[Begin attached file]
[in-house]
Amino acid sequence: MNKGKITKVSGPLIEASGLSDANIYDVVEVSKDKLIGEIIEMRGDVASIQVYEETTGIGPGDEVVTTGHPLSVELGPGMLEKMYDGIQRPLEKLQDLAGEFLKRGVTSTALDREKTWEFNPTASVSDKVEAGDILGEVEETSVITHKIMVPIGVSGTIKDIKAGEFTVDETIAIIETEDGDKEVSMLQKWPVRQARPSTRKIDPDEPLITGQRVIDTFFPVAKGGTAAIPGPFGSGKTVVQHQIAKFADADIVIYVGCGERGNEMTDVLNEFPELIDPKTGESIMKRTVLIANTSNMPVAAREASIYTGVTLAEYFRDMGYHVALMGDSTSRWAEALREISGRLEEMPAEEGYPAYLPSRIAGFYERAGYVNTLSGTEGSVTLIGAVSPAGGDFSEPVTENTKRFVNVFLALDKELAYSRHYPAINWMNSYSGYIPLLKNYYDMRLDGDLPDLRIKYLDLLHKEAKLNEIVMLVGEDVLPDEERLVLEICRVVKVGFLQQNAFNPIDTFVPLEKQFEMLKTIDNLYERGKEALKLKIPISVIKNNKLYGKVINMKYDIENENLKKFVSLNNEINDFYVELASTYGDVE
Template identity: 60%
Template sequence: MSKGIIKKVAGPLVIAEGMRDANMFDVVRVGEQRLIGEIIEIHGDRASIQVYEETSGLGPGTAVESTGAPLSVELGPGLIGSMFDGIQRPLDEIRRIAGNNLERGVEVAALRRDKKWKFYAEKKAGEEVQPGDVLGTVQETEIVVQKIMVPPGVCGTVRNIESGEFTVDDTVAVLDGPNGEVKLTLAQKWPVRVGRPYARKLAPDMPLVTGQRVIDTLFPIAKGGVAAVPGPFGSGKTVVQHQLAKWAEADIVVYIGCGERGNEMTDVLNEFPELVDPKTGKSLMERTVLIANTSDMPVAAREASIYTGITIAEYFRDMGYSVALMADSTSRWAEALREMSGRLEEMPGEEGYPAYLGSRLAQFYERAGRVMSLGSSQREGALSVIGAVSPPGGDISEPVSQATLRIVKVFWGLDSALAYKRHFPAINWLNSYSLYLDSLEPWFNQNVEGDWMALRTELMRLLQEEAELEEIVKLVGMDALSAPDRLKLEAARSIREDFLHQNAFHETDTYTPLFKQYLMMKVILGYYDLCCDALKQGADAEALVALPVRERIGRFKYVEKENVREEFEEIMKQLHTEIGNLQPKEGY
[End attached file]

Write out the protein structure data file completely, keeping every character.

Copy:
[in-house]
Amino acid sequence: MNKGKITKVSGPLIEASGLSDANIYDVVEVSKDKLIGEIIEMRGDVASIQVYEETTGIGPGDEVVTTGHPLSVELGPGMLEKMYDGIQRPLEKLQDLAGEFLKRGVTSTALDREKTWEFNPTASVSDKVEAGDILGEVEETSVITHKIMVPIGVSGTIKDIKAGEFTVDETIAIIETEDGDKEVSMLQKWPVRQARPSTRKIDPDEPLITGQRVIDTFFPVAKGGTAAIPGPFGSGKTVVQHQIAKFADADIVIYVGCGERGNEMTDVLNEFPELIDPKTGESIMKRTVLIANTSNMPVAAREASIYTGVTLAEYFRDMGYHVALMGDSTSRWAEALREISGRLEEMPAEEGYPAYLPSRIAGFYERAGYVNTLSGTEGSVTLIGAVSPAGGDFSEPVTENTKRFVNVFLALDKELAYSRHYPAINWMNSYSGYIPLLKNYYDMRLDGDLPDLRIKYLDLLHKEAKLNEIVMLVGEDVLPDEERLVLEICRVVKVGFLQQNAFNPIDTFVPLEKQFEMLKTIDNLYERGKEALKLKIPISVIKNNKLYGKVINMKYDIENENLKKFVSLNNEINDFYVELASTYGDVE
Template identity: 60%
Template sequence: MSKGIIKKVAGPLVIAEGMRDANMFDVVRVGEQRLIGEIIEIHGDRASIQVYEETSGLGPGTAVESTGAPLSVELGPGLIGSMFDGIQRPLDEIRRIAGNNLERGVEVAALRRDKKWKFYAEKKAGEEVQPGDVLGTVQETEIVVQKIMVPPGVCGTVRNIESGEFTVDDTVAVLDGPNGEVKLTLAQKWPVRVGRPYARKLAPDMPLVTGQRVIDTLFPIAKGGVAAVPGPFGSGKTVVQHQLAKWAEADIVVYIGCGERGNEMTDVLNEFPELVDPKTGKSLMERTVLIANTSDMPVAAREASIYTGITIAEYFRDMGYSVALMADSTSRWAEALREMSGRLEEMPGEEGYPAYLGSRLAQFYERAGRVMSLGSSQREGALSVIGAVSPPGGDISEPVSQATLRIVKVFWGLDSALAYKRHFPAINWLNSYSLYLDSLEPWFNQNVEGDWMALRTELMRLLQEEAELEEIVKLVGMDALSAPDRLKLEAARSIREDFLHQNAFHETDTYTPLFKQYLMMKVILGYYDLCCDALKQGADAEALVALPVRERIGRFKYVEKENVREEFEEIMKQLHTEIGNLQPKEGY